What Do Your Associates & Strategic Partners Say About Your Company?

In today’s social world, your brand may be pulled into highly sensitive debates

By Heather Sugg    Benham Brothers

In the world of finance, perception is reality. Managing a public reputation can provide challenges, particularly when a corporation is comprised of many employees and has close relationships with partnering companies. These individuals and corporations can define your brand through their professional and personal lives. In today’s age of connectivity, it may only take one mistake to set back years of carefully built brand image.

Recently, SunTrust and HGTV were both involved in a compromising situation based on controversial messages that HGTV hosts David and Jason Benham made public. HGTV dropped the Benham’s show because of the owners’ stance regarding anti-gay, anti-choice beliefs. SunTrust was subsequently burned by the actions of one of its unnamed real estate management vendors when the vendor made the decision to pull all of SunTrust’s listed REO properties from the Benham’s business.Benham Brothers

Twin brothers, David and Jason Benham, were scheduled to host a HGTV show “Flip It Forward” where they help deserving families buy homes they could not otherwise afford and transform them into dream houses. Months before airing, HGTV was notified of “extremist” viewpoints that the twin brothers expressed years prior, and it subsequently canceled the show quietly in a Tweet.

For HGTV, the Benham brothers no longer represented the character and values that the network wished to identify with. The producers understood that employees represent your company to the general public, and took their stance accordingly.

The next week, the Benham’s were notified that SunTrust had also dropped their business. The preferred brokers contacted SunTrust, but the bank declined to explain why it fired them. So, the brothers took the news viral. Headlines read, “SunTrust Cuts Business Ties With Benham Brothers After Conservative Views Attacked.” Within 24 hours, SunTrust reversed the decision and issued a statement that the decision was made by a third party vendor with which they have “clarified their policies.”

While the Benhams blamed SunTrust for a violation of their First Amendment rights, the true source of this mishap was a miscommunication. According to SunTrust, the removal of the Benhams from its vendor list was the choice of a third-party company that had recently taken over management of SunTrust residential assets. In this instance, the unnamed vendor created a situation that was highly detrimental to SunTrust’s image. Because the vendor was working on behalf of SunTrust, this vendor’s decisions impacted SunTrust’s reputation.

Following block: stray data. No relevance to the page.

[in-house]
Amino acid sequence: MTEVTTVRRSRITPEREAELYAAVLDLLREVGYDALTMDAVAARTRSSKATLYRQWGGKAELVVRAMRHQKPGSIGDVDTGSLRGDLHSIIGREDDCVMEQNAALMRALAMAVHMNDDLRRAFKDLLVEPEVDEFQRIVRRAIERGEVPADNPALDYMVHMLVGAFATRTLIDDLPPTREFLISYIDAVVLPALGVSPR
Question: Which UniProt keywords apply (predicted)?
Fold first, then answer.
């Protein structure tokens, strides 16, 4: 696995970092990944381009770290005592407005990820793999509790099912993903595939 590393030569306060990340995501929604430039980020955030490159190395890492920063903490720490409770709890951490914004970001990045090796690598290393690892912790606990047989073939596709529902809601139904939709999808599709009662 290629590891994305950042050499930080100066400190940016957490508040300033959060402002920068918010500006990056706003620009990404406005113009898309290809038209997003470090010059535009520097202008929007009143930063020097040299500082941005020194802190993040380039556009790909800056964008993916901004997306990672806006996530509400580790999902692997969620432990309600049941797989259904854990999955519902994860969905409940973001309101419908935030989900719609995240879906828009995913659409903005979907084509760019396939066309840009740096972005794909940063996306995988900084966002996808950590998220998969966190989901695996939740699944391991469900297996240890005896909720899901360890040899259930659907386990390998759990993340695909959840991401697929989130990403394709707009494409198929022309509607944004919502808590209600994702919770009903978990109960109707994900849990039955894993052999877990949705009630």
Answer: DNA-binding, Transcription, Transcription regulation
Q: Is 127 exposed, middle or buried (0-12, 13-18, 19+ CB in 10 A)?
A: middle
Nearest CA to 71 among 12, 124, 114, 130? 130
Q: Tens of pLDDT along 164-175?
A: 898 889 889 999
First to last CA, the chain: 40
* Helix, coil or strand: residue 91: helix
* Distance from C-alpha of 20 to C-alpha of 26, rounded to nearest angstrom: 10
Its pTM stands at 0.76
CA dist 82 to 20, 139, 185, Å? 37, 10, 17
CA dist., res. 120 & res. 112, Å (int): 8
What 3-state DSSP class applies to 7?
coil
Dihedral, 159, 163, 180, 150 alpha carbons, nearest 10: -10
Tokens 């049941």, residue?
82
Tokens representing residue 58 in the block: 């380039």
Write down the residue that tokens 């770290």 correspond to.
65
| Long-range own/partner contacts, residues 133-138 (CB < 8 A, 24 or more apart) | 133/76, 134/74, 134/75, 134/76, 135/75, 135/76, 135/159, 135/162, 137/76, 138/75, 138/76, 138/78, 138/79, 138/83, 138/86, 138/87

This public relations blunder was riddled with poor corporate communication and employee actions. At SunTrust, the entire scenario could have been avoided if the Benham’s outreach to the bank had been escalated properly. Processes and procedures must be set to recognize situations that need to be addressed at a higher level, and management must be receptive to the conversations. On behalf of the unnamed vendor, terminating the relationship with the Benhams was not in line with SunTrust’s policies. The specifics of where this decision failed are still unclear, but the vendor was working on behalf of SunTrust and their decision reflected poorly on the bank. This would no doubt put a strain on their relationship.

Employees and partners that represent your company must represent your corporate values and policies at all times. Really, any known associate of your company has the capacity to damage your organization’s brand, and quickly. Imagine the possibility of any given Tweet, Facebook post or iPhone video being placed on American Banker tomorrow. Would you be able to stand proudly next to the statements being made by your company, its employees and your associated vendors?

Your company should clearly communicate its expectation of how employees conduct themselves publicly. Polices should encourage using common sense and respect for everyone’s rights and beliefs. It may also be beneficial to get specific and provide details. In most cases, employees should clearly state whether they are or are not representing the company, and not intermingle the two.

Ultimately, your company and its associates should have a personality, take a stance and share opinions. Your brand is one of your most valuable sales tools, and it should stand out. I work with start-ups that want to show an edge, companies that want to be known for their Midwestern values, visionaries that want to reinvent the industry and many more diverse entities. Those identities should be demonstrated in your communications and though your employees. Public relations can be the key to helping you build this image. We can introduce your leaders to the public, put clients in the spotlight to share stories of your great service and support, and build your brand into a reputable, well-known name. But, what we saw with SunTrust is not the first time that a corporation was pulled into a moral battle; I think we will see even more of this as the public’s views become increasingly louder and more diverse. Policies and procedures must be put in place and followed to ensure that your associates are representing your brand with dignity and respect – and actions speak louder than words.

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